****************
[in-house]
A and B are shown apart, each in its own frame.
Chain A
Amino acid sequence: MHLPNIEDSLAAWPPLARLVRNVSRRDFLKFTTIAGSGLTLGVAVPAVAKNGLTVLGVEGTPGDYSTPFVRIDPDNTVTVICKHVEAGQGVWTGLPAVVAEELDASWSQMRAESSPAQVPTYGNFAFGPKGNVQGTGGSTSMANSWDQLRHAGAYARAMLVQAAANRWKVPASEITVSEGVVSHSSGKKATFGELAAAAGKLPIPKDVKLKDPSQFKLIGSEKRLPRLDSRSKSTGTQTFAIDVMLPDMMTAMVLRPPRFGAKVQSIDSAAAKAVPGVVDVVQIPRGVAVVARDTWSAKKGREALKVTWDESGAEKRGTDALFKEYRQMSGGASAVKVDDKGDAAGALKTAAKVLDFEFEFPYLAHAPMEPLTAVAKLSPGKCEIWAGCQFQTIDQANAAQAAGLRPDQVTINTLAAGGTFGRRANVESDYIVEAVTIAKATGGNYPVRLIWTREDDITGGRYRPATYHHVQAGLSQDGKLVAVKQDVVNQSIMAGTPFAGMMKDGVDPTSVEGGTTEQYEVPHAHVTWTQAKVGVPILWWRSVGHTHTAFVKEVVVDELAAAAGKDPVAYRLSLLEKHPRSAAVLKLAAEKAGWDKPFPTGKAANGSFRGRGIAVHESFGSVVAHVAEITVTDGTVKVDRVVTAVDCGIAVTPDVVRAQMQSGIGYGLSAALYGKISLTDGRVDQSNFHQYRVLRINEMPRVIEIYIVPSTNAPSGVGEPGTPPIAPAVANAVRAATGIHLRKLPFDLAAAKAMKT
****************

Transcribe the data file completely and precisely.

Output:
[in-house]
A and B are shown apart, each in its own frame.
Chain A
Amino acid sequence: MHLPNIEDSLAAWPPLARLVRNVSRRDFLKFTTIAGSGLTLGVAVPAVAKNGLTVLGVEGTPGDYSTPFVRIDPDNTVTVICKHVEAGQGVWTGLPAVVAEELDASWSQMRAESSPAQVPTYGNFAFGPKGNVQGTGGSTSMANSWDQLRHAGAYARAMLVQAAANRWKVPASEITVSEGVVSHSSGKKATFGELAAAAGKLPIPKDVKLKDPSQFKLIGSEKRLPRLDSRSKSTGTQTFAIDVMLPDMMTAMVLRPPRFGAKVQSIDSAAAKAVPGVVDVVQIPRGVAVVARDTWSAKKGREALKVTWDESGAEKRGTDALFKEYRQMSGGASAVKVDDKGDAAGALKTAAKVLDFEFEFPYLAHAPMEPLTAVAKLSPGKCEIWAGCQFQTIDQANAAQAAGLRPDQVTINTLAAGGTFGRRANVESDYIVEAVTIAKATGGNYPVRLIWTREDDITGGRYRPATYHHVQAGLSQDGKLVAVKQDVVNQSIMAGTPFAGMMKDGVDPTSVEGGTTEQYEVPHAHVTWTQAKVGVPILWWRSVGHTHTAFVKEVVVDELAAAAGKDPVAYRLSLLEKHPRSAAVLKLAAEKAGWDKPFPTGKAANGSFRGRGIAVHESFGSVVAHVAEITVTDGTVKVDRVVTAVDCGIAVTPDVVRAQMQSGIGYGLSAALYGKISLTDGRVDQSNFHQYRVLRINEMPRVIEIYIVPSTNAPSGVGEPGTPPIAPAVANAVRAATGIHLRKLPFDLAAAKAMKT